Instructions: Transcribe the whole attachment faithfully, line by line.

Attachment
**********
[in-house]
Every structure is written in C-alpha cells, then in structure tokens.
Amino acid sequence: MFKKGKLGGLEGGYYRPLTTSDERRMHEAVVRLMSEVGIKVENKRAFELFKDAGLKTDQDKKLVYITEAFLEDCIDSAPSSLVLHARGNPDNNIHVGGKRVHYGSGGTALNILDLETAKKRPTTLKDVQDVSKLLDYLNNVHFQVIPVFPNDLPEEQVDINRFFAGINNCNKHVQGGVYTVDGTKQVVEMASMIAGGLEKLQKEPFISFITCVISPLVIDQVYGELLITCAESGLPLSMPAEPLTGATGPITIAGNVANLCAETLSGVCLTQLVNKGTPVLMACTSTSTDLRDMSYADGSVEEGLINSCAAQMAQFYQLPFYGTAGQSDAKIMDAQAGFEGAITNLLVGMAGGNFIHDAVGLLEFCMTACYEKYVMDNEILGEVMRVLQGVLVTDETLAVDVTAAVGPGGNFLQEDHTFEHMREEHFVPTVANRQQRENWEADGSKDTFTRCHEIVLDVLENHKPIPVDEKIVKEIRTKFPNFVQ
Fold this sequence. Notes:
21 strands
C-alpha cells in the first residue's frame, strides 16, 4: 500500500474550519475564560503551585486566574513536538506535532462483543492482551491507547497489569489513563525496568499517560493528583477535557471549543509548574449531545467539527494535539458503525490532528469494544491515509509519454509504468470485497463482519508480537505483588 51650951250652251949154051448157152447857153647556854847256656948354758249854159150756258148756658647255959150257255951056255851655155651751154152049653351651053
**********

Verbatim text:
[in-house]
Every structure is written in C-alpha cells, then in structure tokens.
Amino acid sequence: MFKKGKLGGLEGGYYRPLTTSDERRMHEAVVRLMSEVGIKVENKRAFELFKDAGLKTDQDKKLVYITEAFLEDCIDSAPSSLVLHARGNPDNNIHVGGKRVHYGSGGTALNILDLETAKKRPTTLKDVQDVSKLLDYLNNVHFQVIPVFPNDLPEEQVDINRFFAGINNCNKHVQGGVYTVDGTKQVVEMASMIAGGLEKLQKEPFISFITCVISPLVIDQVYGELLITCAESGLPLSMPAEPLTGATGPITIAGNVANLCAETLSGVCLTQLVNKGTPVLMACTSTSTDLRDMSYADGSVEEGLINSCAAQMAQFYQLPFYGTAGQSDAKIMDAQAGFEGAITNLLVGMAGGNFIHDAVGLLEFCMTACYEKYVMDNEILGEVMRVLQGVLVTDETLAVDVTAAVGPGGNFLQEDHTFEHMREEHFVPTVANRQQRENWEADGSKDTFTRCHEIVLDVLENHKPIPVDEKIVKEIRTKFPNFVQ
Fold this sequence. Notes:
21 strands
C-alpha cells in the first residue's frame, strides 16, 4: 500500500474550519475564560503551585486566574513536538506535532462483543492482551491507547497489569489513563525496568499517560493528583477535557471549543509548574449531545467539527494535539458503525490532528469494544491515509509519454509504468470485497463482519508480537505483588 51650951250652251949154051448157152447857153647556854847256656948354758249854159150756258148756658647255959150257255951056255851655155651751154152049653351651053